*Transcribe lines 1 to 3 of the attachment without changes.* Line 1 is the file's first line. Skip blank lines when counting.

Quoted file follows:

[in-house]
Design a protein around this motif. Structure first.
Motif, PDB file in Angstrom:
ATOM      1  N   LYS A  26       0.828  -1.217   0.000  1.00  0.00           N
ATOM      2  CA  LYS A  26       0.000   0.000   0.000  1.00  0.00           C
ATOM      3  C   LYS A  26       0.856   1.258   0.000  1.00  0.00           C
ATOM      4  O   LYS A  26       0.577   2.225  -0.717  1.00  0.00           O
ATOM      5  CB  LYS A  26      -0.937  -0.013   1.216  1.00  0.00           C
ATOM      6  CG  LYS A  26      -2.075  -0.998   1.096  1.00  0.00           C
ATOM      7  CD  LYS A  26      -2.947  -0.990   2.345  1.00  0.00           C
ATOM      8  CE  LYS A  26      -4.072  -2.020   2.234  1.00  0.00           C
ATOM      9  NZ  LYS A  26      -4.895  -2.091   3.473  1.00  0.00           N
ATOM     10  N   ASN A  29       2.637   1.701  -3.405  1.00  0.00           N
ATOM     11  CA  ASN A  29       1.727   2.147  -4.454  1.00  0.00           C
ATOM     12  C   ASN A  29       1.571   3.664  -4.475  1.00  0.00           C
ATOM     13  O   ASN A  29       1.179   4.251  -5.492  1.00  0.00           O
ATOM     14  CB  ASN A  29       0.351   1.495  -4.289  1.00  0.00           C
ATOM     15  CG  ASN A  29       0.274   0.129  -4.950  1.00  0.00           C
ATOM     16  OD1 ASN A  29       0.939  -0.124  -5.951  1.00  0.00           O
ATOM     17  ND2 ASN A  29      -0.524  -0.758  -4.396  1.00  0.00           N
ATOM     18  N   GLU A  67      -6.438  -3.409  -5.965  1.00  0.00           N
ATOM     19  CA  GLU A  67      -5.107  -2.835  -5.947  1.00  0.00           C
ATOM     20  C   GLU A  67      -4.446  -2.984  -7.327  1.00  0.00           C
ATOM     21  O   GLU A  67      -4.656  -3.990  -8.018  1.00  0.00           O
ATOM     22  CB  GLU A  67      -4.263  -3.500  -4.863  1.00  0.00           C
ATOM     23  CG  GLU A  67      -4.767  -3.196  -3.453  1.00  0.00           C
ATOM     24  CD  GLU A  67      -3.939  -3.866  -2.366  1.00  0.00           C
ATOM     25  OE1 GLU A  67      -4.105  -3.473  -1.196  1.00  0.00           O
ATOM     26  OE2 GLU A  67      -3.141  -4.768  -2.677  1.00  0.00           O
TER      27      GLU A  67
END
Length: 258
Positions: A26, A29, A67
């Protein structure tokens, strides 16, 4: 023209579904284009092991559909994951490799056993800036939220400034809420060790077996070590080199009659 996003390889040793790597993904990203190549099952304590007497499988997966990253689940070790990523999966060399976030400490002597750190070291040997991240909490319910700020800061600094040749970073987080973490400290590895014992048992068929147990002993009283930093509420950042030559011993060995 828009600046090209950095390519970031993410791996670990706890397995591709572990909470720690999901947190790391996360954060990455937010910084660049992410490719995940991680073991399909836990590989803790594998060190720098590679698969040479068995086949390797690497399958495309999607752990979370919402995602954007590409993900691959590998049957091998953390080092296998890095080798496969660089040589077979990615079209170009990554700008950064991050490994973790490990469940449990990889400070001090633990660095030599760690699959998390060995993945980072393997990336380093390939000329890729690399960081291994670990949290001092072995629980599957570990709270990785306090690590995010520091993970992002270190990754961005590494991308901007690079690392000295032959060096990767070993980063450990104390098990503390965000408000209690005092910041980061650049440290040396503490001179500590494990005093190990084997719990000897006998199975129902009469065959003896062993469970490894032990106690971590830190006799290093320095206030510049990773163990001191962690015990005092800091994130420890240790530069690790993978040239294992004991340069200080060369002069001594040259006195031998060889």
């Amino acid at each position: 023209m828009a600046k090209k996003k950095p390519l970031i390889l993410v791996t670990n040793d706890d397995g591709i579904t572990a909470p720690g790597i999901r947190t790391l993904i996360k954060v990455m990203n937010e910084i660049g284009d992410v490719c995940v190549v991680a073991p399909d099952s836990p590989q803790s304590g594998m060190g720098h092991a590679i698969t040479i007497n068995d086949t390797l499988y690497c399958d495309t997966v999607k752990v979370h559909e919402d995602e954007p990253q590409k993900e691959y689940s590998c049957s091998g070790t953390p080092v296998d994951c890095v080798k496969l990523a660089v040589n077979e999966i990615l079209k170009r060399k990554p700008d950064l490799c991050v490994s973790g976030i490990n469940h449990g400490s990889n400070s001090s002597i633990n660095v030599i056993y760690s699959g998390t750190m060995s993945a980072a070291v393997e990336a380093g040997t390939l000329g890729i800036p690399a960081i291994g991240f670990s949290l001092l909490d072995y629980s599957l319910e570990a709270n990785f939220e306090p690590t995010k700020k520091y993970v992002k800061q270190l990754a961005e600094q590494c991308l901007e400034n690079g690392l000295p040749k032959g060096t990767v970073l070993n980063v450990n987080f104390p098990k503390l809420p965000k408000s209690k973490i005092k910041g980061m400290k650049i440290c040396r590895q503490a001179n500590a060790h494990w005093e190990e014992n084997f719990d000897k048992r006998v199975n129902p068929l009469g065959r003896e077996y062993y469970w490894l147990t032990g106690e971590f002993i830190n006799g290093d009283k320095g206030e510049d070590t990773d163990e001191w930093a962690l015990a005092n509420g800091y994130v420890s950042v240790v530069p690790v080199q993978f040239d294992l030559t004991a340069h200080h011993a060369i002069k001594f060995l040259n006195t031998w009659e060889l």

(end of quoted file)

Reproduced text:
[in-house]
Design a protein around this motif. Structure first.
Motif, PDB file in Angstrom: